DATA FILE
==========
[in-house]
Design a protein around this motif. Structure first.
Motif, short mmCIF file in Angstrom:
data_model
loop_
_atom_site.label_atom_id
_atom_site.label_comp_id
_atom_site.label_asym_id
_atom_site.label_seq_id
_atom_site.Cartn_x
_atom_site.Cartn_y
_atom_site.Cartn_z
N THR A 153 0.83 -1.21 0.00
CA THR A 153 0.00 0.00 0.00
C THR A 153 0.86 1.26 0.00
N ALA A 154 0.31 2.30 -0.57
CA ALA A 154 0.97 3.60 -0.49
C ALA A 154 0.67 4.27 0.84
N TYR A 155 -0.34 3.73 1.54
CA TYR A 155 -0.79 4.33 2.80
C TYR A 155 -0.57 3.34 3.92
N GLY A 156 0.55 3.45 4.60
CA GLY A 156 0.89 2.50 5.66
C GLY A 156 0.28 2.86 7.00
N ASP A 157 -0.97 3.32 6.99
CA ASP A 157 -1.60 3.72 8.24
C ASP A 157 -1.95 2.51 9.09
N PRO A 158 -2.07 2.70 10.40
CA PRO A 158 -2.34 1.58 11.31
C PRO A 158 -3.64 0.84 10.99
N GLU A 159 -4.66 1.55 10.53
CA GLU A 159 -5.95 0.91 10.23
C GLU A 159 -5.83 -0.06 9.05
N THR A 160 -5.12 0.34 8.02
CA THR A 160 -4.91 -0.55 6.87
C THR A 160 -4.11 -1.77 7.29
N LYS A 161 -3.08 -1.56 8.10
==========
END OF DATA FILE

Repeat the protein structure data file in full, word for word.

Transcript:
[in-house]
Design a protein around this motif. Structure first.
Motif, short mmCIF file in Angstrom:
data_model
loop_
_atom_site.label_atom_id
_atom_site.label_comp_id
_atom_site.label_asym_id
_atom_site.label_seq_id
_atom_site.Cartn_x
_atom_site.Cartn_y
_atom_site.Cartn_z
N THR A 153 0.83 -1.21 0.00
CA THR A 153 0.00 0.00 0.00
C THR A 153 0.86 1.26 0.00
N ALA A 154 0.31 2.30 -0.57
CA ALA A 154 0.97 3.60 -0.49
C ALA A 154 0.67 4.27 0.84
N TYR A 155 -0.34 3.73 1.54
CA TYR A 155 -0.79 4.33 2.80
C TYR A 155 -0.57 3.34 3.92
N GLY A 156 0.55 3.45 4.60
CA GLY A 156 0.89 2.50 5.66
C GLY A 156 0.28 2.86 7.00
N ASP A 157 -0.97 3.32 6.99
CA ASP A 157 -1.60 3.72 8.24
C ASP A 157 -1.95 2.51 9.09
N PRO A 158 -2.07 2.70 10.40
CA PRO A 158 -2.34 1.58 11.31
C PRO A 158 -3.64 0.84 10.99
N GLU A 159 -4.66 1.55 10.53
CA GLU A 159 -5.95 0.91 10.23
C GLU A 159 -5.83 -0.06 9.05
N THR A 160 -5.12 0.34 8.02
CA THR A 160 -4.91 -0.55 6.87
C THR A 160 -4.11 -1.77 7.29
N LYS A 161 -3.08 -1.56 8.10